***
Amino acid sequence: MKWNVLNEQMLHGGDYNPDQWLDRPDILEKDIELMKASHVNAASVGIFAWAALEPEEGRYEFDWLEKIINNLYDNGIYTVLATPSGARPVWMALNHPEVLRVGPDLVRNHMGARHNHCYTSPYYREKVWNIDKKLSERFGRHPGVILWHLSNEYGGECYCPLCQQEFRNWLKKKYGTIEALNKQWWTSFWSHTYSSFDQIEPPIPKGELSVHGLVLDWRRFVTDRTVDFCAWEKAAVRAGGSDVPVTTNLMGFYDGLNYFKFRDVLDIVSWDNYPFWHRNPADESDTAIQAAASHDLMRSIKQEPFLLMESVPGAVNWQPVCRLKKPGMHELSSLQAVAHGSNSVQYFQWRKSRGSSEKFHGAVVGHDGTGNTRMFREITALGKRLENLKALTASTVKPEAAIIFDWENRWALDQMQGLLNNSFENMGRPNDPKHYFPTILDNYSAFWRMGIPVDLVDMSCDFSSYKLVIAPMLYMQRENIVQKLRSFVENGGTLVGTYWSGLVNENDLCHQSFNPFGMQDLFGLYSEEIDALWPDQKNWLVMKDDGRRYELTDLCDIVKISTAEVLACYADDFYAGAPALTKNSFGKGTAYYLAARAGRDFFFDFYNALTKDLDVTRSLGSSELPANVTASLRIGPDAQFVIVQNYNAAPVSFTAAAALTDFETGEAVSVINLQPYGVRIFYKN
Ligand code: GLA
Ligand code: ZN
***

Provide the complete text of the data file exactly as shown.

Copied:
Amino acid sequence: MKWNVLNEQMLHGGDYNPDQWLDRPDILEKDIELMKASHVNAASVGIFAWAALEPEEGRYEFDWLEKIINNLYDNGIYTVLATPSGARPVWMALNHPEVLRVGPDLVRNHMGARHNHCYTSPYYREKVWNIDKKLSERFGRHPGVILWHLSNEYGGECYCPLCQQEFRNWLKKKYGTIEALNKQWWTSFWSHTYSSFDQIEPPIPKGELSVHGLVLDWRRFVTDRTVDFCAWEKAAVRAGGSDVPVTTNLMGFYDGLNYFKFRDVLDIVSWDNYPFWHRNPADESDTAIQAAASHDLMRSIKQEPFLLMESVPGAVNWQPVCRLKKPGMHELSSLQAVAHGSNSVQYFQWRKSRGSSEKFHGAVVGHDGTGNTRMFREITALGKRLENLKALTASTVKPEAAIIFDWENRWALDQMQGLLNNSFENMGRPNDPKHYFPTILDNYSAFWRMGIPVDLVDMSCDFSSYKLVIAPMLYMQRENIVQKLRSFVENGGTLVGTYWSGLVNENDLCHQSFNPFGMQDLFGLYSEEIDALWPDQKNWLVMKDDGRRYELTDLCDIVKISTAEVLACYADDFYAGAPALTKNSFGKGTAYYLAARAGRDFFFDFYNALTKDLDVTRSLGSSELPANVTASLRIGPDAQFVIVQNYNAAPVSFTAAAALTDFETGEAVSVINLQPYGVRIFYKN
Ligand code: GLA
Ligand code: ZN